Are You Ready to Apply for Grad School?

October 21, 2016

So you’ve decided you want to go to grad school. Here are a few things you should do before you apply, to ensure that you are grad-school-application ready.

Make Sure You Have the Prerequisites for the Programs You’ll Apply To

Every grad program has different standards. One university’s MBA may require minimal past business experience. Another MBA may only admit students who have at least a few years’ experience in management. A doctorate in Economics may require substantial previous coursework in economics… or it may not. Some grad programs require an undergraduate GPA of 3.5, while other schools might settle for as little as 2.5.

As you look for programs to apply to, carefully read all of their requirements and make sure you are fully qualified. If you’re not sure that you qualify, contact an admissions rep and check. And if you’re just under the qualifications, check with the school see if they still might consider you. But always be sure you have a chance at getting accepted before you actually begin your application process.

Take the Required Entrance Exam

Most graduate programs require applicants to take some kind of entrance exam. Often that’s the GRE, but for certain kinds of degrees, other tests may be required. The GMAT is a common test for business schools, the LSAT is required for law degrees, you need to take the MCAT for med school, and so on.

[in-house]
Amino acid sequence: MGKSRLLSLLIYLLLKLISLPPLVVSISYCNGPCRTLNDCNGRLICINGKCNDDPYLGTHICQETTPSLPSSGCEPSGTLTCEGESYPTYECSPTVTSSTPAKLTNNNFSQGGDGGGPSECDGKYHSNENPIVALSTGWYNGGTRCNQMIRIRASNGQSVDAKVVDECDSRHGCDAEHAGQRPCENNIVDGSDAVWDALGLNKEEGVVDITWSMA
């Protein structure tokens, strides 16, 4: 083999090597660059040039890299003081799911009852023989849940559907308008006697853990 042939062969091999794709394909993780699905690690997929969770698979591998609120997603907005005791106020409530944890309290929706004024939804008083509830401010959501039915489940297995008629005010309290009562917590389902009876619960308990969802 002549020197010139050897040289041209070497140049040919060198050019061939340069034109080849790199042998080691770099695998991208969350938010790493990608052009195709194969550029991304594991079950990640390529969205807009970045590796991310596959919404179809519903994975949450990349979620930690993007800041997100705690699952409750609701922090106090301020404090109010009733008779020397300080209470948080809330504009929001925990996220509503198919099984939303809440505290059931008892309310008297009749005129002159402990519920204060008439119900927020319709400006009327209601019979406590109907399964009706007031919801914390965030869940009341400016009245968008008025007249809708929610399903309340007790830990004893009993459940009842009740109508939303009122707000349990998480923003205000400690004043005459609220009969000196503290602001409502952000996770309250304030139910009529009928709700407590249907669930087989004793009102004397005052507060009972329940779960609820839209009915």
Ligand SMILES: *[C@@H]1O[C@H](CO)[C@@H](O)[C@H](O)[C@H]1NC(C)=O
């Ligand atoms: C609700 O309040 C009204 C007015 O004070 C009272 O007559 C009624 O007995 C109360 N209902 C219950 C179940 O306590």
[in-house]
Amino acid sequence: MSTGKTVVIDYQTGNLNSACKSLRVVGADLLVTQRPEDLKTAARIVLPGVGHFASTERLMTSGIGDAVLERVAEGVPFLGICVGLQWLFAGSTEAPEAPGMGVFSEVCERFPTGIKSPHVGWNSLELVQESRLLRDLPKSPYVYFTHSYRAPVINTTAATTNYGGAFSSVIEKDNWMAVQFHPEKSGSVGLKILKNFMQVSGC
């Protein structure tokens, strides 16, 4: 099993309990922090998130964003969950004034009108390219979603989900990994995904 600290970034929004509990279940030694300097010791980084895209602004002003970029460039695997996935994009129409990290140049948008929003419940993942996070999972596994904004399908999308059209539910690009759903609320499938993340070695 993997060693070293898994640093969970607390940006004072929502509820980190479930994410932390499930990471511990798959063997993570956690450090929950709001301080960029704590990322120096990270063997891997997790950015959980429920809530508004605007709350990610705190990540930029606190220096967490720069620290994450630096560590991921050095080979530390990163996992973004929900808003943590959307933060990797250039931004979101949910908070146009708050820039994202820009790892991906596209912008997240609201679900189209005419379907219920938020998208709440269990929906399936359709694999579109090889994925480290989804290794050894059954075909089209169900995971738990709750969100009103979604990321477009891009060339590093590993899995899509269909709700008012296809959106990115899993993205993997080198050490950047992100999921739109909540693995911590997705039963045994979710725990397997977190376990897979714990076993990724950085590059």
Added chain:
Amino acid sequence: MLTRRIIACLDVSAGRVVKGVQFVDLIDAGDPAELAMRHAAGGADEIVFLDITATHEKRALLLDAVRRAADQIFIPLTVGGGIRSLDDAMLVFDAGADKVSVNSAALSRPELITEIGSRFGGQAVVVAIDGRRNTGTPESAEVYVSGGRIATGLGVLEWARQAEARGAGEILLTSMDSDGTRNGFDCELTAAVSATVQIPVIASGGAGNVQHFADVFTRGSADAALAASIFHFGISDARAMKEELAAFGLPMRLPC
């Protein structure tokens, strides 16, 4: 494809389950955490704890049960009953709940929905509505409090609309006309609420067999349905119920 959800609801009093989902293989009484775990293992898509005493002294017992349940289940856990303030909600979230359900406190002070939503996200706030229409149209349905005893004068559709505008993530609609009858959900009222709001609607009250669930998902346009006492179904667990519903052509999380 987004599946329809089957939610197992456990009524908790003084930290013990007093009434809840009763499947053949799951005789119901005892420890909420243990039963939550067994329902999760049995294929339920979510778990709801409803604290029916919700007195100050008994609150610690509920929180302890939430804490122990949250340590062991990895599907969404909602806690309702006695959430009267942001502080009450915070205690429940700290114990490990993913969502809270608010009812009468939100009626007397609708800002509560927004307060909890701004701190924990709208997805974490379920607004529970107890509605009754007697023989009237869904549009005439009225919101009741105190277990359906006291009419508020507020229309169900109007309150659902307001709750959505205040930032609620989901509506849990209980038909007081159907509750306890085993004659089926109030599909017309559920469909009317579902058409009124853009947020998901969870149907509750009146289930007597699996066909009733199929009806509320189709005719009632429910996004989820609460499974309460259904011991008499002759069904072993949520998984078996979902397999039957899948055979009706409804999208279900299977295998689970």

This particular pre-application activity can cause you a lot of delays if you don’t plan carefully. Stay organized and focused: whether that means choosing the most effective GRE books, finding a good deck of flashcards, or following a GMAT schedule.

Just in case you fall a little short of the score you need, be sure to give yourself enough time to study for a retake if need be. Once you finally do reach your target score, you’ll be almost ready.

Get Your References Lined Up

Grad school applications nearly always require reference letters from previous professors and supervisors. Reference contactsthe emails and phone numbers of people who’ve supervised you or worked with youare also important. Getting those references can seem like a small chore compared to researching schools and taking exams, so it’s easy to let this fall by the wayside. But don’t put this off until the last minuteit’s not always easy to get a reference or recommendation short-notice. Have your references and letters of recommendation ready to go before you move forward with your grad school application process.

About The Author

David Recine, Guest Blogger
David Recine, Guest Blogger

David Recine is a test prep expert at Magoosh. He has a Bachelor of Social Work from the University of Wisconsin-Eau Claire and a Masters in Teaching English to Speakers of other Languages from the University of Wisconsin-River Falls. He has been teaching K-12, University, and adult education classes since 2007.




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Rice ‘19


Accepted to Rice, Rochester, Case, Emory, Hamilton, Pitt, Union, Miami

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Accepted to Baruch, Binghamton, Brooklyn College, Hunter, Macaulay Honors, Duke, Johns Hopkins, Northwestern, UPenn, Brown, Cornell, SUNY Buffalo, Rice, Vanderbilt, NYU, Columbia

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